The necessity of these mode converters can be eliminated if the dimensions of the input/output waveguides are reduced to those of a typical SOI photonic wire (200-300 nm). These waveguides exhibit single-mode propagation without the need for surrounding slab regions. While these dimensions would also reduce the required MMI coupler length to only tens of microns, the alignment tolerance of ±1 µm quoted for most commercially-available wafer bonding apparatus is greater than the width of the waveguides themselves. Photonic wire-based couplers would require advanced wafer bonding techniques with greater alignment precision, such as the bonding procedure utilizing interlocking structures demonstrated in [10

10. L. Jiang, G. Pandraud, P. J. French, S. M. Spearing, and M. Kraft, “A novel method for nanoprecision alignment in wafer bonding applications,” J. Micromech. Microeng. 17(7), S61–S67 (2007). [CrossRef]

].

3. Device fabrication

The fabrication process for the proof-of-concept MMI coupler used to demonstrate vertical optical coupling is illustrated in Fig. 2. This process was designed to avoid the necessity of wafer bonding for this initial demonstration of vertical coupling. The starting SOI wafer consisted of a 4.95±0.05 µm-thick device layer and a 0.39 µm-thick buried oxide layer. The silicon above the input waveguide was first chemically etched to a depth of 3 µm using tetramethyl ammonium hydroxide (TMAH), with the length of the MMI coupler section protected by a 0.05 µm-thick thermal oxide mask that had been patterned using contact photolithography (PL) and etched with buffered hydrofluoric acid (BHF). This mask was removed in BHF, and then a 2 µm-wide waveguide was patterned into a 0.2 µm-thick thermally-grown oxide mask. The silicon was etched to a depth of 0.5 µm with inductively coupled plasma-reactive ion etching (ICP-RIE) using a modified Bosch process, forming the input rib waveguide. The waveguide photoresist mask was removed in a Piranha bath, followed by additional PL to pattern the tapered mode converter. The remaining silicon was etched to the buried oxide using ICP-RIE to complete the sidewalls of the MMI coupler section and the input channel waveguide. The photoresist mask was removed in a Piranha bath, and the oxide mask etched in BHF, to reveal the final device structure.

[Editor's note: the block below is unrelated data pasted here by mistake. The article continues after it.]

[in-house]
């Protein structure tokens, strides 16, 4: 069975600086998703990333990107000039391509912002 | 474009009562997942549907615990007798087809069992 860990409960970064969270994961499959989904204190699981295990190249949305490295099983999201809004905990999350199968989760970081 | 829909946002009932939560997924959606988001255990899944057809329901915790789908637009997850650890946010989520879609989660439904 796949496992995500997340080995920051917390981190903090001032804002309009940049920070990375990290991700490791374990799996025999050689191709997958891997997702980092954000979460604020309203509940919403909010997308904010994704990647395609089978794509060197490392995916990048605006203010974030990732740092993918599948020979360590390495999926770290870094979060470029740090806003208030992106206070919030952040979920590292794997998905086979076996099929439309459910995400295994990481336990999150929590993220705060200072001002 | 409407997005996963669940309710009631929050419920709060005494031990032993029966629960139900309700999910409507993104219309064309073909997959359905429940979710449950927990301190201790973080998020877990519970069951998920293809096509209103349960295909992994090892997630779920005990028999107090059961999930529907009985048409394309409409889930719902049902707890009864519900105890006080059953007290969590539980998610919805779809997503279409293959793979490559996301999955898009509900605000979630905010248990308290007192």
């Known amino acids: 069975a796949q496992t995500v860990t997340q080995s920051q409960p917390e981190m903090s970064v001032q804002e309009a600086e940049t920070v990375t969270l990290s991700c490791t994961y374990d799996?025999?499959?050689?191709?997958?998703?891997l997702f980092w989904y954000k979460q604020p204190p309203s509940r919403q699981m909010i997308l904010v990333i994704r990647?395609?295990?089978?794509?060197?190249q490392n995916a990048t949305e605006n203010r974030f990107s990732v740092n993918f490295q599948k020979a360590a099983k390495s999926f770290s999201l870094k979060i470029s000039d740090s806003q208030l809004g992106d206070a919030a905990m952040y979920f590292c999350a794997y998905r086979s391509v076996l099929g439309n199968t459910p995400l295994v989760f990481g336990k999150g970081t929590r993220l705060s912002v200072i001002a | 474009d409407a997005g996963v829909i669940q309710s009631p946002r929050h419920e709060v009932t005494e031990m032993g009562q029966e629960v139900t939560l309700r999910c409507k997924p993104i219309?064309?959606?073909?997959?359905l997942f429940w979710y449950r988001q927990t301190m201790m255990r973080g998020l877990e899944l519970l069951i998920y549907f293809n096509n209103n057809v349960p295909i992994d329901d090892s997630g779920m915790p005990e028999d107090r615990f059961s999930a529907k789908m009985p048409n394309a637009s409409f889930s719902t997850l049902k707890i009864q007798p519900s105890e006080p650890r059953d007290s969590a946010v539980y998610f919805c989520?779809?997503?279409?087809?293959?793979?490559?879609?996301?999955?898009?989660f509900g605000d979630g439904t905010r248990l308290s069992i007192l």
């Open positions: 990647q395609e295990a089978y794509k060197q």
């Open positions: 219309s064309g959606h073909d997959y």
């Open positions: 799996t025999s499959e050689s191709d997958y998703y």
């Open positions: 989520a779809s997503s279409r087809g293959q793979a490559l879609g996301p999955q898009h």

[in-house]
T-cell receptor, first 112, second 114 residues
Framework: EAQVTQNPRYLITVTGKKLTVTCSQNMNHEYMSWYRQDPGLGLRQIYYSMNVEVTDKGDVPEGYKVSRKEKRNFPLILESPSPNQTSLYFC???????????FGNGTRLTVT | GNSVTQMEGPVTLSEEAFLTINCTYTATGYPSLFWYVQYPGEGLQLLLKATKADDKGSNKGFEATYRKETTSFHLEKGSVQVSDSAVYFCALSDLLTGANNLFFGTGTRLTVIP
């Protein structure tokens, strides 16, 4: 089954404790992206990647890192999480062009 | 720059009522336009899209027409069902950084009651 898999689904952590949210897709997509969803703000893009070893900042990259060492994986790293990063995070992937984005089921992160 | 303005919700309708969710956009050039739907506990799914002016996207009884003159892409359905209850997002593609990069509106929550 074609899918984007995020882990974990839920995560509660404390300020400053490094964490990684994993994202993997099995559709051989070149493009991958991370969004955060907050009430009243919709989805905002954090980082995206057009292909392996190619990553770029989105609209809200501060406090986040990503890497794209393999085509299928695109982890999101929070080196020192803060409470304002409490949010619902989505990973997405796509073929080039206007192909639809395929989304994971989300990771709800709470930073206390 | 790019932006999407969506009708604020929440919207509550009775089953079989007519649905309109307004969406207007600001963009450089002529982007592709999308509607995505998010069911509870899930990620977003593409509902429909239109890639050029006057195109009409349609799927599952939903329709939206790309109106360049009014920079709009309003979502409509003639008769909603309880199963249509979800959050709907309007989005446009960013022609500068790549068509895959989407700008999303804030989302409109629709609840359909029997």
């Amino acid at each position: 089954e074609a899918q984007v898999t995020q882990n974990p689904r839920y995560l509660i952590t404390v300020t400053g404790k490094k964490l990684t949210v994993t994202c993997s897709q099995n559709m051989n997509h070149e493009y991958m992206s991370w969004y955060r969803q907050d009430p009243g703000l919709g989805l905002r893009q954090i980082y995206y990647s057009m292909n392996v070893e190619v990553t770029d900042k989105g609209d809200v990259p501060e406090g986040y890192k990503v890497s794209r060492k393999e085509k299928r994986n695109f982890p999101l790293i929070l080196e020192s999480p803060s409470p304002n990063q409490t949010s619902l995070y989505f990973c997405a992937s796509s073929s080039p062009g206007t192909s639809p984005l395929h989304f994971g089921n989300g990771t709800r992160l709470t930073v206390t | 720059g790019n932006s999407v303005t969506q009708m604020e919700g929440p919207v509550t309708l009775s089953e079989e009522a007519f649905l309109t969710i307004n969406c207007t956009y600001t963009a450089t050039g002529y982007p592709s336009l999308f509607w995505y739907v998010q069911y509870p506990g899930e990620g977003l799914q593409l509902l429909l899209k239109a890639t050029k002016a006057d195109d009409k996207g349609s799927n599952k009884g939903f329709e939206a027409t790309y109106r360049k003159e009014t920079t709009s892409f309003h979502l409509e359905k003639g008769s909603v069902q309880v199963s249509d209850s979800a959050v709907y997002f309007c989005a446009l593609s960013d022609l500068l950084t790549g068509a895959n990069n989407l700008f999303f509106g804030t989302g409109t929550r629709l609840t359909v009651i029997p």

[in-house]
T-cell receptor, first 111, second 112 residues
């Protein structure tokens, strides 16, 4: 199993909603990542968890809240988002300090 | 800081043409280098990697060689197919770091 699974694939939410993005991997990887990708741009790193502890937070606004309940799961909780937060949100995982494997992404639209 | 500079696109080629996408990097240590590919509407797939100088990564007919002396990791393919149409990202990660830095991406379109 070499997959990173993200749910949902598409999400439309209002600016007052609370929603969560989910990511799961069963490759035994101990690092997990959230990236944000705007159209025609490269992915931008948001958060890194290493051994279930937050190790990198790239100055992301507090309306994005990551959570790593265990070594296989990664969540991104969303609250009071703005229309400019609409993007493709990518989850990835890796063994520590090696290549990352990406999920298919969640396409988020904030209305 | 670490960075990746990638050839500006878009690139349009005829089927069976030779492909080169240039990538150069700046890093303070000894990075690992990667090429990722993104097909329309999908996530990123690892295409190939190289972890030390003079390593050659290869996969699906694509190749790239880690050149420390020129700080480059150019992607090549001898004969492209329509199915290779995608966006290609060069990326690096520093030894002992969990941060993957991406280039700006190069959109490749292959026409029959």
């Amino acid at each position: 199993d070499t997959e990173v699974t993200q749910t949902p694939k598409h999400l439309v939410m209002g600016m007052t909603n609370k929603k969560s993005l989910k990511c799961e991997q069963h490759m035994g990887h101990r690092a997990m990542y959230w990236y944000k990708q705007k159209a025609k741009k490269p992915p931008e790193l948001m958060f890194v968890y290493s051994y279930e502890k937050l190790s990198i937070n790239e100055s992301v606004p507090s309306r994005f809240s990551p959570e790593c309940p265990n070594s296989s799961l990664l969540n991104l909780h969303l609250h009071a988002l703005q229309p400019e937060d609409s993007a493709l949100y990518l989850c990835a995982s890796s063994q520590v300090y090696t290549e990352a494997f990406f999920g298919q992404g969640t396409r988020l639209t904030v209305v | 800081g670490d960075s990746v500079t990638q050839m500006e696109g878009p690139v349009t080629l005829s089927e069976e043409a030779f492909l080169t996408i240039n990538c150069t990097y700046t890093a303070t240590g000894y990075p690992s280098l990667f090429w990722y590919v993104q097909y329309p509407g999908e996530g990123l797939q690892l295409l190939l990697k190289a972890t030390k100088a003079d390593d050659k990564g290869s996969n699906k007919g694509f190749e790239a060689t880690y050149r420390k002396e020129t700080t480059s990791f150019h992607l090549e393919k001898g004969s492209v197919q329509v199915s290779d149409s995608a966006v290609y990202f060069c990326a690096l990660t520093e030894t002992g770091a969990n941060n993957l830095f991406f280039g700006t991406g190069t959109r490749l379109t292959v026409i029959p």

Electron microscopy (SEM) images of the resulting device are shown in Fig. 3
Fig. 3 SEM images of a) Tapered mode converters leading into MMI couplers of varying length b) Transition from the lower input waveguide into the MMI coupler section.
. Processing irregularities associated with patterning the waveguide over an etched ledge at the transition from the lower input channel waveguide into the MMI coupler section are apparent in Fig. 3 b). The end of the input channel is flared, while the beginning of the MMI coupler is narrower than the designed width of 2 µm. This results in additional insertion loss but should not significantly affect the coupling ratio as this tapering is over a short propagation distance. Portions of unetched silicon (likely due to underexposure during photolithography) should not affect propagation considering the strong optical confinement of the channel waveguide.